Graduate study opportunities in Irish Studies
Are you interested in pursuing graduate research in Irish Studies? There are both interdisciplinary and discipline-specific options for Masters- or Ph.D.-level work in Irish Studies at Concordia.
For interdisciplinary projects (i.e. unique research projects that require a multi-disciplinary approach and are advised by supervisory committees composed of faculty members from different departments/disciplines) your options include:
Single-discipline graduate study
For single-discipline graduate study, students can study Irish topics within a number of individual department graduate programs, including History, English, Music, Political Science, Geography, Anthropology, Theatre, etc.
Whether in an interdisciplinary or a discipline-specific graduate program at Concordia, an Irish Studies graduate student is defined as a student in one of the above programs who is either:
- directly supervised by a faculty member or faculty fellow in Irish Studies
- whose thesis committee includes one or more Irish Studies faculty members. (Note: since Irish Studies faculty members represent a variety of disciplines, it is possible in both the Humanities and INDI programs to have a graduate project committee entirely drawn from the Irish Studies).
INDI - The Individualized Program - MA / PhD
The Individualized Program (INDI) is designed to provide space within the university for a limited number of exceptionally capable and focused students with specific research goals. INDI offers graduate studies at the master’s and doctoral levels, in areas not covered by existing graduate programs. INDI allows you to combine two or more disciplines within or across three of the four faculties of the university: the Faculty of Arts and Science, the Faculty of Engineering and Computer Science, and the John Molson School of Business.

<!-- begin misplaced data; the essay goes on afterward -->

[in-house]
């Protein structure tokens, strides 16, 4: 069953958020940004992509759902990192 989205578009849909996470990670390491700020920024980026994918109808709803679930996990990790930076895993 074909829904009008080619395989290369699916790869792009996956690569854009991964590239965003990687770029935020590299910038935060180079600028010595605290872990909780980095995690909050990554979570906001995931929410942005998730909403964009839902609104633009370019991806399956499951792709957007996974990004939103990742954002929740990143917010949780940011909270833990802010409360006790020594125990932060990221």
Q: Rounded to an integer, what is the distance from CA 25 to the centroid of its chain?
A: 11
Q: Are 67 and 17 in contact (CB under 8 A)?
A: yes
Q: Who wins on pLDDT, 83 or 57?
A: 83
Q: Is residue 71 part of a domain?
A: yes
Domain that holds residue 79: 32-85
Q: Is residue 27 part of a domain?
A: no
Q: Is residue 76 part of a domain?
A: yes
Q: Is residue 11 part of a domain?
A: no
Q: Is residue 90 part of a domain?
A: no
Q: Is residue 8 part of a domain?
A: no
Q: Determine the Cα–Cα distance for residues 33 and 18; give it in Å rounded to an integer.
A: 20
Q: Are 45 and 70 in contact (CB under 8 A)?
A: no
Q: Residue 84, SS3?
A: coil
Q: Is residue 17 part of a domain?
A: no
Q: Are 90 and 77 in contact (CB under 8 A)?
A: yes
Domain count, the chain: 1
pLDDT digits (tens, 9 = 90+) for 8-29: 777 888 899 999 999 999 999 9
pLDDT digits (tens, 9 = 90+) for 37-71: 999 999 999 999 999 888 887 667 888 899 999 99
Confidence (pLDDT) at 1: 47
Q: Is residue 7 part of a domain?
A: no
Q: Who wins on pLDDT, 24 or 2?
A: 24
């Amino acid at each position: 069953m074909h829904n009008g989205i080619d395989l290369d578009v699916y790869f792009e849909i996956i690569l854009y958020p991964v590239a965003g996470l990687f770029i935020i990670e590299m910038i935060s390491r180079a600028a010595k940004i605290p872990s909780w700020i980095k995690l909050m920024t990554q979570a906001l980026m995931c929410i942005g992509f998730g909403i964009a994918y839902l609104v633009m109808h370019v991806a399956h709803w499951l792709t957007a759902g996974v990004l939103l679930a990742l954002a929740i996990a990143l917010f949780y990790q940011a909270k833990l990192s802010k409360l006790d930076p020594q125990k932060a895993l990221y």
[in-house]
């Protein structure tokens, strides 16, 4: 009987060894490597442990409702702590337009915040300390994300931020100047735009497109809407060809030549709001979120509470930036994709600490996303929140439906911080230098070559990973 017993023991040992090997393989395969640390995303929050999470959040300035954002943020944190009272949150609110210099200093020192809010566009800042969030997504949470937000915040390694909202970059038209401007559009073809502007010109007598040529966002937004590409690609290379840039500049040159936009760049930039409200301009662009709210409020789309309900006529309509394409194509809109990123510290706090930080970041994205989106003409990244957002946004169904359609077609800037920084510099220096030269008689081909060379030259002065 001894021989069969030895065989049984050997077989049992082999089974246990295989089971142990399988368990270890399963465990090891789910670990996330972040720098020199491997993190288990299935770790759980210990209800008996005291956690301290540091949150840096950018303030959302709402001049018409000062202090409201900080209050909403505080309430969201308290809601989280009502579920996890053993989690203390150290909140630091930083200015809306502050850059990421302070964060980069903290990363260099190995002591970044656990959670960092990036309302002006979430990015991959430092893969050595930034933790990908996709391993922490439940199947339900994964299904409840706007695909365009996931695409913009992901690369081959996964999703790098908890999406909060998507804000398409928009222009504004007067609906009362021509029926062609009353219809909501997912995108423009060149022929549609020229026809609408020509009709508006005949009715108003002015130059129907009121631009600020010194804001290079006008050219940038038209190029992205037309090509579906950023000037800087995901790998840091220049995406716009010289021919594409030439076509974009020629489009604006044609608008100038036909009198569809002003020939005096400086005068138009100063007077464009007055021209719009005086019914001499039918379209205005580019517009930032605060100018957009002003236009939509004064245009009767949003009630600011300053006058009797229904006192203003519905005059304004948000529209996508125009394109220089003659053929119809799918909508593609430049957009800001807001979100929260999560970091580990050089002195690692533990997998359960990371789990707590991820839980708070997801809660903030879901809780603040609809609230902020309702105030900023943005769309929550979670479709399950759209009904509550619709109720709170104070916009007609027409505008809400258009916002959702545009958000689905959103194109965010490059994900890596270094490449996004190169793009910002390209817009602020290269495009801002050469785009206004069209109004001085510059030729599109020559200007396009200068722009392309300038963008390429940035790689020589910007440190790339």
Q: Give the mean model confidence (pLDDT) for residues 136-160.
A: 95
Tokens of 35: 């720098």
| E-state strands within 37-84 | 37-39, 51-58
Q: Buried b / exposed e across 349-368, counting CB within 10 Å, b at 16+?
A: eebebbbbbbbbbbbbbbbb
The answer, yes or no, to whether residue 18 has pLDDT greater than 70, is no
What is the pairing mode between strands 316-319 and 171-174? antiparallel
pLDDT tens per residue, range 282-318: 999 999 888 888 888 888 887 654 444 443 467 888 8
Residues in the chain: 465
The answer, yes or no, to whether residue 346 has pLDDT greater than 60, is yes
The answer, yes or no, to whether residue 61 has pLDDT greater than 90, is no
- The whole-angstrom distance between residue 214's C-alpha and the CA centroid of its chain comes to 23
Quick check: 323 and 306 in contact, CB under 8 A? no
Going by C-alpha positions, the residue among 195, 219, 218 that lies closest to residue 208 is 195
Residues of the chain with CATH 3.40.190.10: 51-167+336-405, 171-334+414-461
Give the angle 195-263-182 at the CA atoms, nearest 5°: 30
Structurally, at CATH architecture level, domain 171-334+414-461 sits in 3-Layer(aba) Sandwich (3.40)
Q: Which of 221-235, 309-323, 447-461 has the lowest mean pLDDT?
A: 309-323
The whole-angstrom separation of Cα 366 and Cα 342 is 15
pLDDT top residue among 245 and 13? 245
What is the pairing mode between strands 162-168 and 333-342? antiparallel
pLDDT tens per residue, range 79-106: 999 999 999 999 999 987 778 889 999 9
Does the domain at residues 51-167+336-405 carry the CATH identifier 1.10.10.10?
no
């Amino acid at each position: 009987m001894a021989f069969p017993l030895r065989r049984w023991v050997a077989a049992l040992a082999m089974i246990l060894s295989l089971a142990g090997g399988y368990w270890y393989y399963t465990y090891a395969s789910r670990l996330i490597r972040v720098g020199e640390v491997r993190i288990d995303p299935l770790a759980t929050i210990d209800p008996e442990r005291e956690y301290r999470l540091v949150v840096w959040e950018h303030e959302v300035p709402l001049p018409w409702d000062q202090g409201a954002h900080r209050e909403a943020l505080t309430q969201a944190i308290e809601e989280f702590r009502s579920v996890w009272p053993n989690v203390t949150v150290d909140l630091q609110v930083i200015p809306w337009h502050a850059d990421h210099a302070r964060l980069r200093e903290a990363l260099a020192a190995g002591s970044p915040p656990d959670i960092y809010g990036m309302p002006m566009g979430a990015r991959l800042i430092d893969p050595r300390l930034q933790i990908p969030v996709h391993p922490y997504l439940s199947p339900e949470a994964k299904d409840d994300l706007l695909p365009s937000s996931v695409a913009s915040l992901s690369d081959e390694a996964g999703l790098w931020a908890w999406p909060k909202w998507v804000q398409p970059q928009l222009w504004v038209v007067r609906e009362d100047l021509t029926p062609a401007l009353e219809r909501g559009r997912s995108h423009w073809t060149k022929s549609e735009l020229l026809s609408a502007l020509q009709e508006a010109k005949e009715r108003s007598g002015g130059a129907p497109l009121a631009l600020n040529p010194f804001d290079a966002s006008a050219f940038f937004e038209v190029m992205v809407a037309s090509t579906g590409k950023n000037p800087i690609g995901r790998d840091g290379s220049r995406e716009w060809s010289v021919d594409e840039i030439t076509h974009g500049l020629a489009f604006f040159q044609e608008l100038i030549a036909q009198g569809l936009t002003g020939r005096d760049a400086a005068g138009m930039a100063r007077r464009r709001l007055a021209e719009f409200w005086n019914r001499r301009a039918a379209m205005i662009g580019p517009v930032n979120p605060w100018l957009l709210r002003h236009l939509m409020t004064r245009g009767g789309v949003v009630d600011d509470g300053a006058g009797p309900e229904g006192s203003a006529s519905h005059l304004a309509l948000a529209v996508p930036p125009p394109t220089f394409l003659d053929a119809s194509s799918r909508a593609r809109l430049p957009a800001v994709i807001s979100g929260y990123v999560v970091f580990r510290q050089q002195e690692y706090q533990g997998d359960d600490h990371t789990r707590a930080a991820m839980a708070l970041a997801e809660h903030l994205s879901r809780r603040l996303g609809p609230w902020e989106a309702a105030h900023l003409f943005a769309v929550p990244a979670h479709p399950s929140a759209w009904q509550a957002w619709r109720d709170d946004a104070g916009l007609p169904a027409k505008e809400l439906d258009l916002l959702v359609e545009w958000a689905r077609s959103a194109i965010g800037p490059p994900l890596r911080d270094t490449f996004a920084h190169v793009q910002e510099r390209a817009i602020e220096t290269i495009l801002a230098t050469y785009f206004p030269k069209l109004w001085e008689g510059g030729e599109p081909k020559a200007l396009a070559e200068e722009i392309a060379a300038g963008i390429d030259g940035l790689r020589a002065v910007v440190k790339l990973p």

In most cases, students applying to INDI must propose a program involving multi- or interdisciplinary scholarship in research areas that are not normally the province of mainstream disciplines at Concordia.
Creating new syntheses of knowledge across traditional disciplinary boundaries is the hallmark of the INDI program. There are many researchers at Concordia and, especially, within the School of Irish Studies, who are prepared to help you navigate the interdisciplinary requirements for an INDI M.A. or Ph.D. For futher information, visit: http://www.concordia.ca/sgs/programs/individualized.html
The Humanities Ph.D. program (HUMA) offers students innovative opportunities to pursue interdisciplinary research projects in the Humanities, Social Sciences, and Fine Arts. In 2007, HUMA became part of the newly created Centre for Interdisciplinary Studies in Society and Culture. Students entering the program with an MFA degree can include studio work as a component of their program of study and thesis.
Applicants to HUMA are required to submit research proposals indicating the multi- or interdisciplinary scope of their projects, and declare one Major field, normally within the discipline of the student's Master's degree, and two Minor fields/disciplines. The Major field must be from a Humanities, Social Science, or Fine Arts discipline. Minor fields are normally from the Humanities, Social Sciences or Fine Arts. For further information, visit: http://cissc.concordia.ca/phdinhumanities/
Students interested in Irish Studies topics can also develop a graduate research project within a single discipline by applying to the Masters or Ph.D. program of a given department, such as History, English, Theatre, Film, Music, Anthropology, Sociology, Geography, etc. [Note: not all departments necessarily offer both a Masters and a Doctoral degree option. Consult the graduate studies webpage of the department you are interested in to determine the specific degree programs offered.] The single department/discipline graduate degree is a good option for applicants with a strong academic background in one discipline (for example, a potential Irish History doctoral student who has earned both a B.A. and an M.A. in History) and whose research interests are essentially confined to a single discipline’s methods and concerns. To pursue this option, you apply directly to a given department’s graduate program, while specifying your Irish research interests and the appropriate Irish Studies faculty member you’d like to supervise your project or join your thesis committee. Students who pursue this option primarily undertake coursework within their particular department, but can generally also take an independent reading course with their Irish Studies advisor.